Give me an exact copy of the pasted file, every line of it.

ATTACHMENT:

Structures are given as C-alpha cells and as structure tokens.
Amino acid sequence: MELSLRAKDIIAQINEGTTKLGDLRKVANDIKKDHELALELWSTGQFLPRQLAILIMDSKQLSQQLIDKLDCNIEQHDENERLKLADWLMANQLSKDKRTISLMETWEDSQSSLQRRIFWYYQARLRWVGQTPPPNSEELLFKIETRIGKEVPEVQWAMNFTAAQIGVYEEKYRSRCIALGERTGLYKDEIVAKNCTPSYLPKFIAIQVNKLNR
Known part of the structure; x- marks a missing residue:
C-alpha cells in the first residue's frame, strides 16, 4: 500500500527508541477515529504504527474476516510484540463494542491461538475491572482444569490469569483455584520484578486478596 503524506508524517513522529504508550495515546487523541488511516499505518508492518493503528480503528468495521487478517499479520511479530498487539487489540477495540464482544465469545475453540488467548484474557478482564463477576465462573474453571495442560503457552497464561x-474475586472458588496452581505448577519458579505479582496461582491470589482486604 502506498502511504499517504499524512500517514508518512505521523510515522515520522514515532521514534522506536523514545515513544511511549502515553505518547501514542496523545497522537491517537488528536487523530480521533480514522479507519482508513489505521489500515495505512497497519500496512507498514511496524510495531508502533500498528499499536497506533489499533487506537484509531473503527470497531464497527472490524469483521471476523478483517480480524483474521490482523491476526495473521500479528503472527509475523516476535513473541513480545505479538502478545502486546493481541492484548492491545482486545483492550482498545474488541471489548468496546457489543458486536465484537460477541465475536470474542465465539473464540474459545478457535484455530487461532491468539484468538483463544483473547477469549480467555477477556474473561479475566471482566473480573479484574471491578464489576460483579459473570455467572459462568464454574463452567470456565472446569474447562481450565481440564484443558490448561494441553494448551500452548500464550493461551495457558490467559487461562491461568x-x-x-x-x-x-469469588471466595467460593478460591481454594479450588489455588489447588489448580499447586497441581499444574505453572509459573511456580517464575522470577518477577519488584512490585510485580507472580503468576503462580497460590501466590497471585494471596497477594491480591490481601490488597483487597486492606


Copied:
Structures are given as C-alpha cells and as structure tokens.
Amino acid sequence: MELSLRAKDIIAQINEGTTKLGDLRKVANDIKKDHELALELWSTGQFLPRQLAILIMDSKQLSQQLIDKLDCNIEQHDENERLKLADWLMANQLSKDKRTISLMETWEDSQSSLQRRIFWYYQARLRWVGQTPPPNSEELLFKIETRIGKEVPEVQWAMNFTAAQIGVYEEKYRSRCIALGERTGLYKDEIVAKNCTPSYLPKFIAIQVNKLNR
Known part of the structure; x- marks a missing residue:
C-alpha cells in the first residue's frame, strides 16, 4: 500500500527508541477515529504504527474476516510484540463494542491461538475491572482444569490469569483455584520484578486478596 503524506508524517513522529504508550495515546487523541488511516499505518508492518493503528480503528468495521487478517499479520511479530498487539487489540477495540464482544465469545475453540488467548484474557478482564463477576465462573474453571495442560503457552497464561x-474475586472458588496452581505448577519458579505479582496461582491470589482486604 502506498502511504499517504499524512500517514508518512505521523510515522515520522514515532521514534522506536523514545515513544511511549502515553505518547501514542496523545497522537491517537488528536487523530480521533480514522479507519482508513489505521489500515495505512497497519500496512507498514511496524510495531508502533500498528499499536497506533489499533487506537484509531473503527470497531464497527472490524469483521471476523478483517480480524483474521490482523491476526495473521500479528503472527509475523516476535513473541513480545505479538502478545502486546493481541492484548492491545482486545483492550482498545474488541471489548468496546457489543458486536465484537460477541465475536470474542465465539473464540474459545478457535484455530487461532491468539484468538483463544483473547477469549480467555477477556474473561479475566471482566473480573479484574471491578464489576460483579459473570455467572459462568464454574463452567470456565472446569474447562481450565481440564484443558490448561494441553494448551500452548500464550493461551495457558490467559487461562491461568x-x-x-x-x-x-469469588471466595467460593478460591481454594479450588489455588489447588489448580499447586497441581499444574505453572509459573511456580517464575522470577518477577519488584512490585510485580507472580503468576503462580497460590501466590497471585494471596497477594491480591490481601490488597483487597486492606